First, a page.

A lifestyle blog from a forty-something mum

Showing posts with label David Nicholls. Show all posts
Showing posts with label David Nicholls. Show all posts

Monday, 13 July 2015

Us by David Nicholls - Book review

Us, David Nicholls, Book reviewIt's not often that I'm compelled to write a book review on the blog. In fact, I've mentioned books only a couple of times previously in a cheats guide to my top five reads (how can anyone pick so few?) and a review of Life, Death and Vanilla Slices by Jenny Eclair.

I spied a review of Us back in November's Good Housekeeping and quickly added it to my reading list. I bought a copy just before we were due to leave for a recent holiday and thought it would make a perfect read - I wasn't wrong.

The follow-up to One Day - I have no idea how I missed all the hype as well as the film - but somehow I just did. I plan on reading this next and seeing the film very soon.

Us tackles the concerns of parenthood, middle age and what it means to stay in a harmonious relationship after so many years. It was a surprising choice for the Man Booker prize longlist in 2014, but failed to make the shortlist. 

Narrated throughout by Douglas Petersen, master of the killer one-liner and on such a different wavelength to the rest of his family that he often feels like an outsider. His wife, Connie is a flamboyant artist and their relationship is based upon the theory that 'opposites attract.' Only child, Albie, takes after his mum with artistic tendencies and plans to study photography at university. Before he leaves though, a Grand Tour of Europe is planned as a final holiday together as a family. Just before they're due to go, Connie reveals that she intends to leave Douglas shortly after the holiday. This throws Douglas into turmoil and he plots to make amends with his wife during the trip and save his marriage.

I identified completely with the character of Douglas as I used to be a biochemist in a previous career and scientists are renowned for their practicality, slight eccentricity and humour in its wackiest form. Hilarious descriptions of a pet drosophila (fruit fly) and the culinary 'delights' of his sister's tuna pasta bake were particularly memorable and deserving of some funny looks as I couldn't help laughing out loud while reading at the beach.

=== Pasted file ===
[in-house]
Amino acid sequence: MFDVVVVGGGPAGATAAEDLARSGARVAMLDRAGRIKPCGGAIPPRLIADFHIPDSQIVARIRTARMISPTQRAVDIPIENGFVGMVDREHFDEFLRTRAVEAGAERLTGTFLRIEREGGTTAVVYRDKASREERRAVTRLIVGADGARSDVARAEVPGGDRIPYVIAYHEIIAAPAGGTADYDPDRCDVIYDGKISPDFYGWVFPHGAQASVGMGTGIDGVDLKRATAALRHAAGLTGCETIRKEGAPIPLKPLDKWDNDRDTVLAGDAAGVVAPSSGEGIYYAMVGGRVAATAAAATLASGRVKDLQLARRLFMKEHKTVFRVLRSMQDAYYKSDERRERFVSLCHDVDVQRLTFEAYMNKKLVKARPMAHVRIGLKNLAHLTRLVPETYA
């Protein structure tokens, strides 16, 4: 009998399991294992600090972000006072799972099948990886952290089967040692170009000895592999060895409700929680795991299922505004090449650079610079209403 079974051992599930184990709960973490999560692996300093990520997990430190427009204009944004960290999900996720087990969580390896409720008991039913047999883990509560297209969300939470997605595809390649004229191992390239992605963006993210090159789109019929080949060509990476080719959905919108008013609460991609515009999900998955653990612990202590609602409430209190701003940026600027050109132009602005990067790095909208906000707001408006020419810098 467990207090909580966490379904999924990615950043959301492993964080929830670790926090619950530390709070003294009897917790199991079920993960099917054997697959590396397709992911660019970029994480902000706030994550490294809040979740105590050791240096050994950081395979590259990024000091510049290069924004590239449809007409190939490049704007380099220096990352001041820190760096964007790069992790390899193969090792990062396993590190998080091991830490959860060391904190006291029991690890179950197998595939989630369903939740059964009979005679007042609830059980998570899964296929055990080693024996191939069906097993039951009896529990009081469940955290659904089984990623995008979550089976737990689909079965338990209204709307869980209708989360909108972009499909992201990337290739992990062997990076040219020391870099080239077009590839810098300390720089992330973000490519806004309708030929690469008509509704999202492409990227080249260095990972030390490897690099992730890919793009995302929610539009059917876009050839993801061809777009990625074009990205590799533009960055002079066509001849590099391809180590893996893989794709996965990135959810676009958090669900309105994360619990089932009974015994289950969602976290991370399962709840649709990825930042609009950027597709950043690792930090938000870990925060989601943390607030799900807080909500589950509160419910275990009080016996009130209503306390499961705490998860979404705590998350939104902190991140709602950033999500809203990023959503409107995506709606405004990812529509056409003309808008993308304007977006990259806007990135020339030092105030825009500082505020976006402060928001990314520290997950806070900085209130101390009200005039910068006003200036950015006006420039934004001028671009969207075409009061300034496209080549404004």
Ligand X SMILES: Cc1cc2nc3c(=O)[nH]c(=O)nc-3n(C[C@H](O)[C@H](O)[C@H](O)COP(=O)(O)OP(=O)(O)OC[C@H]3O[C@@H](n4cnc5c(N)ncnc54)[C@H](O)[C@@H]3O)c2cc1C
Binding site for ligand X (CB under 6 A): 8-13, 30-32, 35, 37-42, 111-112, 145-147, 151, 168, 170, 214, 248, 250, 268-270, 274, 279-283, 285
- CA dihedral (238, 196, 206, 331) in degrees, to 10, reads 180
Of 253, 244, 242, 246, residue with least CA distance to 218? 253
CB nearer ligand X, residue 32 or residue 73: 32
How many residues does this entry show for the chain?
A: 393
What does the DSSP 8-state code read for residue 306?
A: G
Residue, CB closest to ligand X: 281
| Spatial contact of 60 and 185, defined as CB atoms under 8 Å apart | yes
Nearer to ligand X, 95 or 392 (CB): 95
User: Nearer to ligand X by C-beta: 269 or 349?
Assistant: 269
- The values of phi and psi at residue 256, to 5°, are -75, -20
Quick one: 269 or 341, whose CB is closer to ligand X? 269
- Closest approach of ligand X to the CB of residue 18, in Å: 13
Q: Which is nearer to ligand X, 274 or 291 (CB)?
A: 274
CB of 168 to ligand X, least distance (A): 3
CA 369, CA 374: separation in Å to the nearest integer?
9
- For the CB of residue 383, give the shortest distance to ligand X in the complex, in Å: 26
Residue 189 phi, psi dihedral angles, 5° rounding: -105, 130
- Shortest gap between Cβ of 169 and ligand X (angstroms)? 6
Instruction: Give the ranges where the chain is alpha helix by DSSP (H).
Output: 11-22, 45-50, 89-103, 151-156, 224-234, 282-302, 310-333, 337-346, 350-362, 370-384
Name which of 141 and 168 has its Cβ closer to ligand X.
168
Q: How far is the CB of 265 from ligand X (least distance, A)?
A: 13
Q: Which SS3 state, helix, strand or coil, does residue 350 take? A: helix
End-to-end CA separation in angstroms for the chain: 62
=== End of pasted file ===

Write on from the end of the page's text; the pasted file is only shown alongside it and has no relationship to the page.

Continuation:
Connie, on the other hand, infuriated me at times as she came across as self-indulgent. I couldn't fathom how she and Albie failed to see Douglas's point of view on so many occasions. As I live with three family members with artistic temperaments it did make me wonder whether some of our miscommunications occur as a result of my completely different take on the world. It was therefore, very insightful.

The observations of a long-term relationship were astute and filled with pathos as well as humour. I willed for Douglas and Connie's marriage to survive as they'd endured several setbacks over the years and emerged from the chaos. Did they make it? I guess you'll just have to read for yourself.

One of those books you'd rather not finish as it's a pleasure to pick up and the chapters are so short that it's hard to find an excuse to put the book down. I didn't want this subtle, but soulful book to ever end.

Rating 5/5.

Until next time... 

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